Barnes’ and Conradt’s prescription for tourney success: E-x-e-c-u-t-i-o-n
To appreciate the success enjoyed by The University of Texas' men's and women's basketball coaches, please consider this:
In the combined 47 seasons that Rick Barnes and Jody Conradt have coached college basketball, only four times has a postseason tournament been held without them coaching in it.
Never have both Barnes and Conradt missed making the tournament in the same year.
And in 2002-03, both of them reached the Final Four.
Barnes never has missed since coming to Texas for the 1998-99 season. His team reached the Sweet 16 in 2003-04 and the Final Four the prior season, losing to eventual champion Syracuse in the semifinals. That marked Texas' first trip to the Final Four since 1947.
Barnes' UT team in 2001-02 also reached the Sweet 16 and he brought his Clemson squad to the Sweet 16 in 1996-97.
Regarding his coaching philosophy in the postseason, Barnes was his usual direct, no-nonsense self.
"Execution," he began. "It's about executing what you want to do. That is the key in every game, but especially in a tournament game when you are out with a loss."
Barnes said that luck can beat you, as well as emotion.
"You have to have mentally tough guys to succeed in the tournament," he continued. "Anything can happen in a tournament, no matter where you are seeded. That's what I am talking about when I say luck can beat you and emotion can beat you.
"Remember, people always are going to root for the guys in the dark jerseys (the lower-seeded teams). That's where the emotion comes in."
Mistakes made often spell the difference in a tournament game, Barnes said, reflecting back on his initial remark regarding execution.
"Also, you have to keep the same routine," he said. "You have to act as though it is just another game if you want your players to play that way.
"If they see you more nervous or doing different kinds of things, that will impact them."
Barnes said what team you bring to the tournament also figures in.
"At Providence, just getting to the tournament was great. That was success in itself," he explained. "At Texas, it is not like that. At Clemson, it was not like that."
Barnes said he relies on scouting done throughout the year, since the turnaround time between games makes it impossible to make too many changes.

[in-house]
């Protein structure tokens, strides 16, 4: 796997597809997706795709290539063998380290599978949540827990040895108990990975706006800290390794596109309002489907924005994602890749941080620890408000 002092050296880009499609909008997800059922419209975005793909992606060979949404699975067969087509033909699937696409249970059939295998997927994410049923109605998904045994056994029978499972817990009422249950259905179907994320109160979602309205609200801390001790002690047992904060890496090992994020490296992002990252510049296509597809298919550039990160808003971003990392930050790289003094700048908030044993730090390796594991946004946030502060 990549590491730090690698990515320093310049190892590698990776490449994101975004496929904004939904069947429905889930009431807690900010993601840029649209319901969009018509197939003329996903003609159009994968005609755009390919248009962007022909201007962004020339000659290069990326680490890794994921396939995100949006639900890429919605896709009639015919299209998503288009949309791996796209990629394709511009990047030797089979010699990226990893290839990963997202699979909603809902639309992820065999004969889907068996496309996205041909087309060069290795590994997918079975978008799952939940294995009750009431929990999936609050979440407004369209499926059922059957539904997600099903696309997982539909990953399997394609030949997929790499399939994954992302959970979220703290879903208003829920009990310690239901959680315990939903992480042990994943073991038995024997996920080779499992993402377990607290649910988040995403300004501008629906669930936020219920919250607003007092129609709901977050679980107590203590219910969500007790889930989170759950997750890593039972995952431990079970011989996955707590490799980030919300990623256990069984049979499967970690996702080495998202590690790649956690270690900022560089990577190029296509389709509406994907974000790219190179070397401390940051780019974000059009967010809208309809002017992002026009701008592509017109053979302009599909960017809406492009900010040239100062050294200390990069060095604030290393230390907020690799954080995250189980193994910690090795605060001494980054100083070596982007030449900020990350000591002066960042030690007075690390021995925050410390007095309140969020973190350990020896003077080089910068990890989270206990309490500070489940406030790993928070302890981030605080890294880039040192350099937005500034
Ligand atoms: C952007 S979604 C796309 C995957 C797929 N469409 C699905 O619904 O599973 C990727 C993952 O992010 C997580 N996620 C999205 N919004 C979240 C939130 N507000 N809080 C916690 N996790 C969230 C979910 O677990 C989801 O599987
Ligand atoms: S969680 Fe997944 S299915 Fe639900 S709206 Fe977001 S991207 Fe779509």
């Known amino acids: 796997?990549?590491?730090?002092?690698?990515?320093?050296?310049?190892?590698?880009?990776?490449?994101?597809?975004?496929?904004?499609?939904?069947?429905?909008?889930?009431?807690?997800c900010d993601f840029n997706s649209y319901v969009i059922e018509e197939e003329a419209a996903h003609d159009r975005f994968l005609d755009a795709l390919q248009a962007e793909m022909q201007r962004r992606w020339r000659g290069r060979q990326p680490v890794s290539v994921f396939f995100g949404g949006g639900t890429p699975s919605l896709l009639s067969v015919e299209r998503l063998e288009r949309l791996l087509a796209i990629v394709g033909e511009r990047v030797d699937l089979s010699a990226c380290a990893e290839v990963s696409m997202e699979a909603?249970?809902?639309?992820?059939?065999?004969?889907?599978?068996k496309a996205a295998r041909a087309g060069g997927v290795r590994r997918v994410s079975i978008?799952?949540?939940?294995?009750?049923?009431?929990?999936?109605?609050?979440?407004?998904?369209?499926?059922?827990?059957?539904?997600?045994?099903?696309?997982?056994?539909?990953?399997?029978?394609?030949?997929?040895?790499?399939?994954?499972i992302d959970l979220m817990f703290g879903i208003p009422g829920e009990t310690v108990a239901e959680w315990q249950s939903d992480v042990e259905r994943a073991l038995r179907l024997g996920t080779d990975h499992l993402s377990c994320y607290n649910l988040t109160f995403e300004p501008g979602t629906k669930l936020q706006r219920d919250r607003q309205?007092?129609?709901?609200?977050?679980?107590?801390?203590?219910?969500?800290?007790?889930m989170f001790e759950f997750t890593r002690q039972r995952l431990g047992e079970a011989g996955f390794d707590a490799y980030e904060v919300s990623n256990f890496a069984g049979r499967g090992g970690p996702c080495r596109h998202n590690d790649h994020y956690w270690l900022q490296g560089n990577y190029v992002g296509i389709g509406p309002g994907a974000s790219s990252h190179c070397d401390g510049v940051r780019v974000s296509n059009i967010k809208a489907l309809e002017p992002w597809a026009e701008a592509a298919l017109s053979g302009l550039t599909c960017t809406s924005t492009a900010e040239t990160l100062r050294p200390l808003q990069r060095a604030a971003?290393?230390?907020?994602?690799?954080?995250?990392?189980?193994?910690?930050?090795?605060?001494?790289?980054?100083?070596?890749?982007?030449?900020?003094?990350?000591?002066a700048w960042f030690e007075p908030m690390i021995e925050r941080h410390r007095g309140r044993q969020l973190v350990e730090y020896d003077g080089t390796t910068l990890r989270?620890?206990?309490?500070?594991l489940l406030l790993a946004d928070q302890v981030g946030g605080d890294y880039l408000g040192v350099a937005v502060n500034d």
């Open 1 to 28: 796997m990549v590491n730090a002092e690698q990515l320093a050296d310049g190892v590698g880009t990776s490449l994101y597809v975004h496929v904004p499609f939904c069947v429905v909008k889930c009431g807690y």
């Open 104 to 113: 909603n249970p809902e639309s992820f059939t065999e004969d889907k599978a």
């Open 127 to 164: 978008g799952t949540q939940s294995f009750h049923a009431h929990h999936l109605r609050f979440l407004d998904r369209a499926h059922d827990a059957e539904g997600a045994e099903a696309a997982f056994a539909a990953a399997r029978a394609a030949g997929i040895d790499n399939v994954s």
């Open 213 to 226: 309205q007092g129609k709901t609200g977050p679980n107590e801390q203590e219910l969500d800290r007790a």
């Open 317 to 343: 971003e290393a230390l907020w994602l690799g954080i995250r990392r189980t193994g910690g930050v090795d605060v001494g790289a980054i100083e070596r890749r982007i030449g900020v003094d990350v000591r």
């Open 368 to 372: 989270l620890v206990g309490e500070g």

"And that gets back to how you execute," he said. "That's all that you can control is how you play. You have to play well to have any chance."
When asked to talk about her approach in coaching in the postseason following a loss in the regular-season finale to Baylor, Conradt shook her head and offered a pained grin.
"I'm not sure that you are asking me about this at a good time because I don't know that we are going to make the tournament," said the Hall of Fame women's coach who ranks second overall among active men's and women's coaches for career victories.
Conradt got the women's team into the Sweet 16 just two years ago and also in 2001-02. The Final Four appearance was sandwiched in between.
"You have so little time between games and often even at the outset of the conference tournament when you don't know who you are going to play," Conradt said. "You practice building on the attitude and the good points of the last game that you played.
"And you worry about what you are doing. If you don't play well, nothing else is going to matter in a tournament game, as well as a regular-season game."
The youth of her team this year -- two of the five starters against Baylor were freshmen -- raises the point of youth versus experience when it comes to the tournament.
"You can't beat the enthusiasm of freshmen," Conradt said, but then added quickly, "and you can't beat the experience of seniors. Really, the teams that have success in the postseason have a balance of youth and experience."
And, Barnes closed by adding one more thing teams in the postseason have to be successful.
"Talent," he said. "successful teams in the postseason most often are the ones with the most talent."